If you’re in the market for a new lens, it may be hard to decide whether to go for a third-party option, or stick with the same brand as your camera. The Sigma Art series has received a lot of praise, and photographer Julia Trotti put it to a test. She used the Sigma 85mm f/1.4 Art and compared it to the Canon 85mm f/1.2L II. In the video below, you can see how the lenses compare on Canon and Sony bodies.
One of the most popular portrait focal lengths out there is 85mm. Most of us have one in our bag, or at least a zoom capable of 85mm. We’ve seen comparisons of 85mm lenses before, although they’re typically from different manufacturers.
But how do Canon’s 85mm f/1.2, 85mm f/1.4 and 85mm f/1.8 lenses stack up against each other? What are each of their strengths and weaknesses? Is there really an advantage to buying a $1,849 lens over a $349 one? That’s what photographer David Flores wanted to find out, so he made a video.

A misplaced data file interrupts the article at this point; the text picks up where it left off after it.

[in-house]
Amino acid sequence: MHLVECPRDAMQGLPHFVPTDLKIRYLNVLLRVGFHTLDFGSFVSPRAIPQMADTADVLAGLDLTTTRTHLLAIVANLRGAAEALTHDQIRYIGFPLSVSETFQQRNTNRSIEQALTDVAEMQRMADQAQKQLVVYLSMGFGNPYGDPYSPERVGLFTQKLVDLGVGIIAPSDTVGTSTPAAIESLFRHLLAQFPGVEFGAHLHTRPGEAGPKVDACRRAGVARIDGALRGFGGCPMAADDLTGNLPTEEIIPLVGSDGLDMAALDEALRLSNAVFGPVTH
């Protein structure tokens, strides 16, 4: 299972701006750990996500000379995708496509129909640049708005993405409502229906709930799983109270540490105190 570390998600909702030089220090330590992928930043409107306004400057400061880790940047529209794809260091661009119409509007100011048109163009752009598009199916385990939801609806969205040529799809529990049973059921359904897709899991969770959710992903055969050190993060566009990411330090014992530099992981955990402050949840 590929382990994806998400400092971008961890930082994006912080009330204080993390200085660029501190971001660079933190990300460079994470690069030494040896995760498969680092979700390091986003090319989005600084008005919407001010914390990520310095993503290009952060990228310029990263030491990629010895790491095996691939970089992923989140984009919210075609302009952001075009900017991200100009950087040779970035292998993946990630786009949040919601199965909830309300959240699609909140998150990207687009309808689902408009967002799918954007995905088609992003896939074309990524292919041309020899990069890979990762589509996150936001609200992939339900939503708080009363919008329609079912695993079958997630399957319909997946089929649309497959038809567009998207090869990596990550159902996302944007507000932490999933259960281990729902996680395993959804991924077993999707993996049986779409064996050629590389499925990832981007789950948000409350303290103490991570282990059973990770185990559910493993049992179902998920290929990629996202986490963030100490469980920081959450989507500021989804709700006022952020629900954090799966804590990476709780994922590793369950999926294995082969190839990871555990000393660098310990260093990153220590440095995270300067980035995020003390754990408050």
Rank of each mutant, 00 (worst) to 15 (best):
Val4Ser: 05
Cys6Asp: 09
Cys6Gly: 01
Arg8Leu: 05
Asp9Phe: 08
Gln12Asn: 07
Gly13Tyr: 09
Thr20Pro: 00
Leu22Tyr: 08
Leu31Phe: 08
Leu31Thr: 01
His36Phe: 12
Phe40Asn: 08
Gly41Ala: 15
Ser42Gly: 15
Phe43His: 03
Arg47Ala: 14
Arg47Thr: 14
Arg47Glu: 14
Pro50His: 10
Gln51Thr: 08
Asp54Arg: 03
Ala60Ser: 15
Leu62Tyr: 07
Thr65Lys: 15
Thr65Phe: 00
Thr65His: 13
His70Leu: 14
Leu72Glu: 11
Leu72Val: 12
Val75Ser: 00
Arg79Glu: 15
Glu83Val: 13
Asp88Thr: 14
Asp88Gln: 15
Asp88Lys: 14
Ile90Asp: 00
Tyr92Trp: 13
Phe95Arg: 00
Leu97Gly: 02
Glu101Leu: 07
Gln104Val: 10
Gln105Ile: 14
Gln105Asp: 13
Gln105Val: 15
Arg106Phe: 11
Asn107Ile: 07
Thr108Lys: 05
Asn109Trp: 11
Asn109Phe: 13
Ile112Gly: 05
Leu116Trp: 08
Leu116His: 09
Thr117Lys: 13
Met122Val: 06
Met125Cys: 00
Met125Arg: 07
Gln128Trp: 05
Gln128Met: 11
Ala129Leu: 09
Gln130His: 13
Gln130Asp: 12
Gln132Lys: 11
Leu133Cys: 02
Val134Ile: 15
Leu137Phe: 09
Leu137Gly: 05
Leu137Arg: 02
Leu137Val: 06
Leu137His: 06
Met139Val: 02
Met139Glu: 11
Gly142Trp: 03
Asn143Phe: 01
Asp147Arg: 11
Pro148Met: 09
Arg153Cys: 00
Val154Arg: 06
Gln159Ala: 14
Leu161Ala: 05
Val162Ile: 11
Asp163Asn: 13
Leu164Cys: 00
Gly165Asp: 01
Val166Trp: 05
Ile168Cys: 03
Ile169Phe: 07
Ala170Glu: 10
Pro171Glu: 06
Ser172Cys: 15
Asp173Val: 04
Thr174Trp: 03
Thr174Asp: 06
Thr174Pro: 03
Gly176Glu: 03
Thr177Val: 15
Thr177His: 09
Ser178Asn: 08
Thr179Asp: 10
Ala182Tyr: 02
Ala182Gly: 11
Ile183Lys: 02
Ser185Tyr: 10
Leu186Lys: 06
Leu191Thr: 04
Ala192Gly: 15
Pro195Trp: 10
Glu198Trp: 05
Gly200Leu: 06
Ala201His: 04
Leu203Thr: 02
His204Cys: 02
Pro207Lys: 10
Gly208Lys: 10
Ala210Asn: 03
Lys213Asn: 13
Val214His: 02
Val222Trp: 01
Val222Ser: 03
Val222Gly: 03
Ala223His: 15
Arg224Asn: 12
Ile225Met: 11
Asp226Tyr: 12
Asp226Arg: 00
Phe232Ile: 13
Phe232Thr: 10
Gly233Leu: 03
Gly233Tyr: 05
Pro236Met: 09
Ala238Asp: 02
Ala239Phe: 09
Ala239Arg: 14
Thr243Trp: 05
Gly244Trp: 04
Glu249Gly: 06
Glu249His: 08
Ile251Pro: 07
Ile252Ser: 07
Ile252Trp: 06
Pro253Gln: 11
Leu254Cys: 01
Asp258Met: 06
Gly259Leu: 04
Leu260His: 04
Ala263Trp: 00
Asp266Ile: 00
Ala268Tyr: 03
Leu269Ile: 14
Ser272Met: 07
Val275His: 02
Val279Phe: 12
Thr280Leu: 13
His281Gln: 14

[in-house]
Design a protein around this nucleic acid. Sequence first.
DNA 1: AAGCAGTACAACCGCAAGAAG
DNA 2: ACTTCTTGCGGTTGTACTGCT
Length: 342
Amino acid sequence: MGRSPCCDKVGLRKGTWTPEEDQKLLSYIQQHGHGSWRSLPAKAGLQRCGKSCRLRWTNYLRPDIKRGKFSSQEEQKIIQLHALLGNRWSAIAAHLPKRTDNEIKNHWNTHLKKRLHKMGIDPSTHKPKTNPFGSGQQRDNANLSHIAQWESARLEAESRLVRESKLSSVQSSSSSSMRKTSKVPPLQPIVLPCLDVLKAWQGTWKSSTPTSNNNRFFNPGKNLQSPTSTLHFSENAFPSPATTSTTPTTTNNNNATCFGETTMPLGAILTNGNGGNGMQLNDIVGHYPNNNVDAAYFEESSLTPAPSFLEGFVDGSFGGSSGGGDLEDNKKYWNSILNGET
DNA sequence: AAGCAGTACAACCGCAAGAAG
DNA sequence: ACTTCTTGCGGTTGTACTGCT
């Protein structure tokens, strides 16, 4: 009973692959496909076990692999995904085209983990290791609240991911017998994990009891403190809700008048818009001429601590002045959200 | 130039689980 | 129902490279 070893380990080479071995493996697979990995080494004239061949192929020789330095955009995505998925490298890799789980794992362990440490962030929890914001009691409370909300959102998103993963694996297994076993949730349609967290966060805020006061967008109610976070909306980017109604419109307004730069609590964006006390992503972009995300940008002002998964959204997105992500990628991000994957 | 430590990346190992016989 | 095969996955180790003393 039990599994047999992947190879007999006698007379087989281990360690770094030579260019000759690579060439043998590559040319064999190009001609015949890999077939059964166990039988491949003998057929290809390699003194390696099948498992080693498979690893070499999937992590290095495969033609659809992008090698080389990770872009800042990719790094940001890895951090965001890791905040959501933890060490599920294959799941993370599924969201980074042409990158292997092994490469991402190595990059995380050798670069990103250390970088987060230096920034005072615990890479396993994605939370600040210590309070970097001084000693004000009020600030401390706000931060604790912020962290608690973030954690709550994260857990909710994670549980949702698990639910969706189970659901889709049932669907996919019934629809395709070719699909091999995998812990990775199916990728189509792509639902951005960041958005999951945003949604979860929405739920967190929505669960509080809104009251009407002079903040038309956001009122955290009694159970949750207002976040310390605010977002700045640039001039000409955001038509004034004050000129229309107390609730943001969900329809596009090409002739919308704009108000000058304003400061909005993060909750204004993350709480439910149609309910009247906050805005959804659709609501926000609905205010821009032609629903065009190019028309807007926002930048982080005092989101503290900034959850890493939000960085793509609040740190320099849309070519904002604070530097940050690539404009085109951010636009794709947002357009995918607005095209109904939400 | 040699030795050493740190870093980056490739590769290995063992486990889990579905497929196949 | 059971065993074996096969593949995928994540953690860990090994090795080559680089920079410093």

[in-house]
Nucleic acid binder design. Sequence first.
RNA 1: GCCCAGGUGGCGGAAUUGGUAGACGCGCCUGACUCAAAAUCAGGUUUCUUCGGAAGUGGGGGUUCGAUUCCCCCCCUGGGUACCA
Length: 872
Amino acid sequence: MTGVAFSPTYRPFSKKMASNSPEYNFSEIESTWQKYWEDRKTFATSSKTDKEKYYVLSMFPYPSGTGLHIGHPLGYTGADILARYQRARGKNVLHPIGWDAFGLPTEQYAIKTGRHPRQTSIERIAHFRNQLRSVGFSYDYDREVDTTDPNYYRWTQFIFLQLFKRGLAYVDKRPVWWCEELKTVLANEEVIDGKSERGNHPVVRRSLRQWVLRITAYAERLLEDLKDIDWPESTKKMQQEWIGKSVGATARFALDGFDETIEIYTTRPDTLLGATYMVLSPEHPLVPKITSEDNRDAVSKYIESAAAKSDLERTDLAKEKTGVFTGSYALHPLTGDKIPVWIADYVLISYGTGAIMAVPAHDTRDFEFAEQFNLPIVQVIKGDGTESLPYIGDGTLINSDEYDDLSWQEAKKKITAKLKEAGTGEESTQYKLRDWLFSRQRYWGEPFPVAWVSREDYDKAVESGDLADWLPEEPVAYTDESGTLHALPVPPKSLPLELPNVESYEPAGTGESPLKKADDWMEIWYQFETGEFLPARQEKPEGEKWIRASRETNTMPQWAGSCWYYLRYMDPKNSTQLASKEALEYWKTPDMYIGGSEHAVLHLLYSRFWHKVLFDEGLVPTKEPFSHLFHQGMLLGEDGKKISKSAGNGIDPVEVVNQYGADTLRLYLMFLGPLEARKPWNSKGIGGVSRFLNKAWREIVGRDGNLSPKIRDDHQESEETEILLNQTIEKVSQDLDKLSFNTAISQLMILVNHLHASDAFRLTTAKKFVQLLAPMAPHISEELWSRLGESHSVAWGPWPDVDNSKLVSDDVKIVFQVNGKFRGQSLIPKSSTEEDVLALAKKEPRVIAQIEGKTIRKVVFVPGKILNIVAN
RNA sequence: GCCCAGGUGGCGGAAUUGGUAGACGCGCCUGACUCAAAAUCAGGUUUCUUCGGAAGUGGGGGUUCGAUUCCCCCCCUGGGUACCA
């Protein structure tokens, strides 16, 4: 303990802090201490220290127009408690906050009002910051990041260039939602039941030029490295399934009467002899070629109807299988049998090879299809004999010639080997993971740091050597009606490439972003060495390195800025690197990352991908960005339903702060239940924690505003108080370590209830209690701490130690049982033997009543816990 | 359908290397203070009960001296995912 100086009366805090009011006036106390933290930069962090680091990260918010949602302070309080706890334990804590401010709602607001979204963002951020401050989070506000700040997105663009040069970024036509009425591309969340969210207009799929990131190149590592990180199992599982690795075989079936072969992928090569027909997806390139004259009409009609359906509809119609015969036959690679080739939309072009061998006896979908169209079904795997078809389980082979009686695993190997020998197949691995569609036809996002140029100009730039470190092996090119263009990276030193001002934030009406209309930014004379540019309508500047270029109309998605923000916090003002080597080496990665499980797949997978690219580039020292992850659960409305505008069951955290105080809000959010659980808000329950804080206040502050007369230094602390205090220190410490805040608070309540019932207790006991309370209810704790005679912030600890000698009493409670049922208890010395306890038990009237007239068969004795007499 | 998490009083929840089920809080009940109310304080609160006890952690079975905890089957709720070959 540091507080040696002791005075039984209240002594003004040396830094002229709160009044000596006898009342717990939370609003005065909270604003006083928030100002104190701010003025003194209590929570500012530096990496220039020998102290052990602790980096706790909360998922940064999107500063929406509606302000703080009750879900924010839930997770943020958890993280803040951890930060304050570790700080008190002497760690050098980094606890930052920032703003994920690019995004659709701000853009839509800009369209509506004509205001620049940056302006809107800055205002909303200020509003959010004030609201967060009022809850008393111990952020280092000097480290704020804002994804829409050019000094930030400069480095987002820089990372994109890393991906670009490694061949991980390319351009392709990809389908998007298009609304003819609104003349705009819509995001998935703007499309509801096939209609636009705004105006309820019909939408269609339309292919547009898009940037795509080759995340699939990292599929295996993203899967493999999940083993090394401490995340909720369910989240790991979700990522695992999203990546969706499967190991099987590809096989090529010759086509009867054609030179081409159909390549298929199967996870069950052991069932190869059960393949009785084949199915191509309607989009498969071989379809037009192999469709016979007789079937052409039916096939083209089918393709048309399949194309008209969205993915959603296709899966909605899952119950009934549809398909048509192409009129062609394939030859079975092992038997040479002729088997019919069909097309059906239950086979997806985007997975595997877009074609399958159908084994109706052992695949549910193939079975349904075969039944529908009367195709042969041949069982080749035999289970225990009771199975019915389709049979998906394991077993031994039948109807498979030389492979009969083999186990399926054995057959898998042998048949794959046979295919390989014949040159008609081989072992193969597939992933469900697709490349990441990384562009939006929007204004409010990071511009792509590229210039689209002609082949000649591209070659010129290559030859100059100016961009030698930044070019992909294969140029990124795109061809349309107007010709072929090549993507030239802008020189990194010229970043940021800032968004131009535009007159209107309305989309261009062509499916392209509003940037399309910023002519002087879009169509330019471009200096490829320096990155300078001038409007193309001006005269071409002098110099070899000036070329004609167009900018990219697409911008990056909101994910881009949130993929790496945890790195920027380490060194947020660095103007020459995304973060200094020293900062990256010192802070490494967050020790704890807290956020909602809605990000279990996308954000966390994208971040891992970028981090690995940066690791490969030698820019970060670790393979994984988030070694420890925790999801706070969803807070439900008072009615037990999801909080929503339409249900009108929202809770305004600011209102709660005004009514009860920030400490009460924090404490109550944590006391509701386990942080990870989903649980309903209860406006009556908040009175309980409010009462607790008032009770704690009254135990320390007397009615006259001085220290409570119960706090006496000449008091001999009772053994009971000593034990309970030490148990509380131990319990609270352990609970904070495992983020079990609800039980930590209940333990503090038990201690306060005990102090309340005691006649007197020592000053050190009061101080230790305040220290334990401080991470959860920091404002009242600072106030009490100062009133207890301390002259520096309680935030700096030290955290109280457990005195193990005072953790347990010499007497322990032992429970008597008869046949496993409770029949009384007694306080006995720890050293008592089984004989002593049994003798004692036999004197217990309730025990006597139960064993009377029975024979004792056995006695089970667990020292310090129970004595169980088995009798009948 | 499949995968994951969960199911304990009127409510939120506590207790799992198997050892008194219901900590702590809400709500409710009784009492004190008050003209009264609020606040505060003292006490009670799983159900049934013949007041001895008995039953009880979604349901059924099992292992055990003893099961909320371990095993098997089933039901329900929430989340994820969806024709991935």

Samyang have today announced two new lenses to start their Premium range. An 85mm f/1.2 and 14mm f/2.4. These new lenses, Samyang say, offer “unprecedented resolving power”, built for 50MP stills and up to 8K video productions. Also known as Rokinon, Samyang has become quite a formidable competitor lately.
Both of the new lenses are full frame manual focus lenses. This may disappoint some folks who were hoping for autofocus. Though, personally, I don’t see it as a problem. Lenses as wide as 14mm are typically manually focused anyway. When everything a few inches past your lens is in focus anyway, it’s not an issue. For the 85mm.. Well, given the notoriously slow AF on Canon’s 85mm f/1.2, you might as well manual focus anyway.
Russian manufacturer KMZ has a long history in the photographic world, having produced cameras, lenses and enlargers under the Zenit brand since 1952.
Having been relatively quiet for a number of years, they’re now making a big comeback with the announcement of three very interesting new manual focus lenses; 85mm f/1.2, 50mm f/1.2 and 50mm f/0.95.